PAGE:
Heretofore a memory pool with DDR3 or DDR4 DRAM, or memory with serial links, was pin limited which limited bandwidth of an IC. For example, currently line-side bandwidth is approximately 200 gigabits per second (“Gbps”); however, next generation devices may have line-side bandwidth of approximately 400 Gbps. To support 400 Gbps, DDR memory may have a bandwidth on the order of approximately 1.2 terabits per second (“Tbps”). Unfortunately, there are not enough DDR memory pins on an FPGA to support 1.2 Tbps using conventional approaches. By way of example and not limitation, serial memory, such as DRAM with serial I/Os, may use 64 transceivers which involves 256 signal pins in addition to power, ground, and other reference pins to support 200 Gbps. Another limitation on bandwidth had to do with the amount of pins available for line-side and system-side serializers-deserializers (“SERDES”). As a side, system-side bandwidth is significantly larger than line-side bandwidth, and thus a system-side interface would benefit more from additional pins.
With Stacked-Silicon Interconnect Technology (“SSIT”), more than one active die may be coupled to an interposer or carrier die, whether such interposer is an active interposer or a passive interposer. For purposes of clarity and not limitation, it shall be assumed that a passive interposer is used, even though in other embodiments an active interposer may be used. Yet, heretofore, even with SSIT, interposer area was too small to provide a sufficient pin count for obtaining for example enough bandwidth for a 400 Gbps application.
However, by employing SSIT with an interposer assembly as described herein, more pin sites are available even with lithographic printing size limitations. Thus, even with large semiconductor die, it is feasible to include for example more than one gigabyte of DDR DRAM with at least one other die inside a single IC package.
With the above general understanding borne in mind, various embodiments for stacked die assemblies are generally described below. Because one or more of the above-described embodiments are exemplified using a particular type of IC, a detailed description of such an IC is provided below. However, it should be understood that other types of ICs may benefit from one or more of the embodiments described herein.
Programmable logic devices (“PLDs”) are a well-known type of integrated circuit that can be programmed to perform specified logic functions. One type of PLD, the field programmable gate array (“FPGA”), typically includes an array of programmable tiles. These programmable tiles can include, for example, input/output blocks (“IOBs”), configurable logic blocks (“CLBs”), dedicated random access memory blocks (“BRAMs”), multipliers, digital signal processing blocks (“DSPs”), processors, clock managers, delay lock loops (“DLLs”), and so forth. As used herein, “include” and “including” mean including without limitation.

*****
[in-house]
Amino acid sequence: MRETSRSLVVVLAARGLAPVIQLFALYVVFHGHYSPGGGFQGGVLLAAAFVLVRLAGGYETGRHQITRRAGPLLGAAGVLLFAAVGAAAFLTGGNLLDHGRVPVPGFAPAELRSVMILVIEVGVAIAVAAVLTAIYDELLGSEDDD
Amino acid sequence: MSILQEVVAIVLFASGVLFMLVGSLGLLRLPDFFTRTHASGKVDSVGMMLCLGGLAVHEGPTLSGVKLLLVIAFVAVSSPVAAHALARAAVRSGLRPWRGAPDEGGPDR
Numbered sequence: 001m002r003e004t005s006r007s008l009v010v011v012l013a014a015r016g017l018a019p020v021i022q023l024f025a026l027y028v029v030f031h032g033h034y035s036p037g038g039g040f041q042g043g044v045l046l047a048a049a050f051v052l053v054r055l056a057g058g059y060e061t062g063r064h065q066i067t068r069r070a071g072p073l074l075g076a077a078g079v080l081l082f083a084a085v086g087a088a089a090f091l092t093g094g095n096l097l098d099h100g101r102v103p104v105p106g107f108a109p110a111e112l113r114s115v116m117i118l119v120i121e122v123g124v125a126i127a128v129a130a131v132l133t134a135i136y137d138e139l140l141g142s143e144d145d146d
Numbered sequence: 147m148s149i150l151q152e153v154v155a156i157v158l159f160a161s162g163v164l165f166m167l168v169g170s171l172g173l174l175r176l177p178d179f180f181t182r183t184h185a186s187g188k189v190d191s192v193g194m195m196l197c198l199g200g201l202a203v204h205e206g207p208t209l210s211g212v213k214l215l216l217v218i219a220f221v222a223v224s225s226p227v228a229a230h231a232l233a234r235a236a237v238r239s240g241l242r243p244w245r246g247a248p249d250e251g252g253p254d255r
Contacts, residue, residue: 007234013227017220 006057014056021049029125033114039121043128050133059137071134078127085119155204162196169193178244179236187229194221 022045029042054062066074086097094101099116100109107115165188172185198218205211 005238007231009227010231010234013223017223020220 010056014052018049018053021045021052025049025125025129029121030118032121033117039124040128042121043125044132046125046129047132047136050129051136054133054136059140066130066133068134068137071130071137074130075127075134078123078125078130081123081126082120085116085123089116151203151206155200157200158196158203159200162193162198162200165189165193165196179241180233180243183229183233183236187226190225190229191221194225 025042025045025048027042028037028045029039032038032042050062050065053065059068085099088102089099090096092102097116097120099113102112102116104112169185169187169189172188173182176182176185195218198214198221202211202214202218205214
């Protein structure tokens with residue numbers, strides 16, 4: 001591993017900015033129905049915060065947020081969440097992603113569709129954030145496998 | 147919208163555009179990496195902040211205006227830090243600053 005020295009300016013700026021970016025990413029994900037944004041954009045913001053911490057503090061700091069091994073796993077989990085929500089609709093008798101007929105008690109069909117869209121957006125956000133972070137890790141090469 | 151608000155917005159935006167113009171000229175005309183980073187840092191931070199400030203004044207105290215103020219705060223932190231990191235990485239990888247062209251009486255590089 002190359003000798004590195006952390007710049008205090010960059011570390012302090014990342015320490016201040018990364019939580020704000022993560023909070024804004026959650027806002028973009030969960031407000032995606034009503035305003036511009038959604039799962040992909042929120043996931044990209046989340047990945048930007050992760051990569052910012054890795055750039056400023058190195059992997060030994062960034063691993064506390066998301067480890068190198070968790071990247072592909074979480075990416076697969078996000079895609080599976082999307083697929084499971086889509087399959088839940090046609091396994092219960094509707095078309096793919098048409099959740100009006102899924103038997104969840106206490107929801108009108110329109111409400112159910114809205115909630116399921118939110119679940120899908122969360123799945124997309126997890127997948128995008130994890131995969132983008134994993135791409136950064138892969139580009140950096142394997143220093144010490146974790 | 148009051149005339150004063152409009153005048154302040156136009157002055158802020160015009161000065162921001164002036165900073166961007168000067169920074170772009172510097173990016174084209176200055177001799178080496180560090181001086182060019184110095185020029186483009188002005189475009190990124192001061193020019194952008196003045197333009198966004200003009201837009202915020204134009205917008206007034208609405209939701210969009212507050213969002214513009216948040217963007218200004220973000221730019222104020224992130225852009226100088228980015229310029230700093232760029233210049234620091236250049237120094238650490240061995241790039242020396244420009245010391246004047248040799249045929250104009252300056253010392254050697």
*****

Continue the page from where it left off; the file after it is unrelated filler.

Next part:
Each programmable tile typically includes both programmable interconnect and programmable logic. The programmable interconnect typically includes a large number of interconnect lines of varying lengths interconnected by programmable interconnect points (“PIPs”). The programmable logic implements the logic of a user design using programmable elements that can include, for example, function generators, registers, arithmetic logic, and so forth.
The programmable interconnect and programmable logic are typically programmed by loading a stream of configuration data into internal configuration memory cells that define how the programmable elements are configured. The configuration data can be read from memory (e.g., from an external PROM) or written into the FPGA by an external device. The collective states of the individual memory cells then determine the function of the FPGA.
Another type of PLD is the Complex Programmable Logic Device, or CPLD. A CPLD includes two or more “function blocks” connected together and to input/output (“I/O”) resources by an interconnect switch matrix. Each function block of the CPLD includes a two-level AND/OR structure similar to those used in Programmable Logic Arrays (“PLAs”) and Programmable Array Logic (“PAL”) devices. In CPLDs, configuration data is typically stored on-chip in non-volatile memory. In some CPLDs, configuration data is stored on-chip in non-volatile memory, then downloaded to volatile memory as part of an initial configuration (programming) sequence.
For all of these programmable logic devices (“PLDs”), the functionality of the device is controlled by data bits provided to the device for that purpose. The data bits can be stored in volatile memory (e.g., static memory cells, as in FPGAs and some CPLDs), in non-volatile memory (e.g., FLASH memory, as in some CPLDs), or in any other type of memory cell.
Other PLDs are programmed by applying a processing layer, such as a metal layer, that programmably interconnects the various elements on the device. These PLDs are known as mask programmable devices. PLDs can also be implemented in other ways, e.g., using fuse or antifuse technology. The terms “PLD” and “programmable logic device” include but are not limited to these exemplary devices, as well as encompassing devices that are only partially programmable. For example, one type of PLD includes a combination of hard-coded transistor logic and a programmable switch fabric that programmably interconnects the hard-coded transistor logic.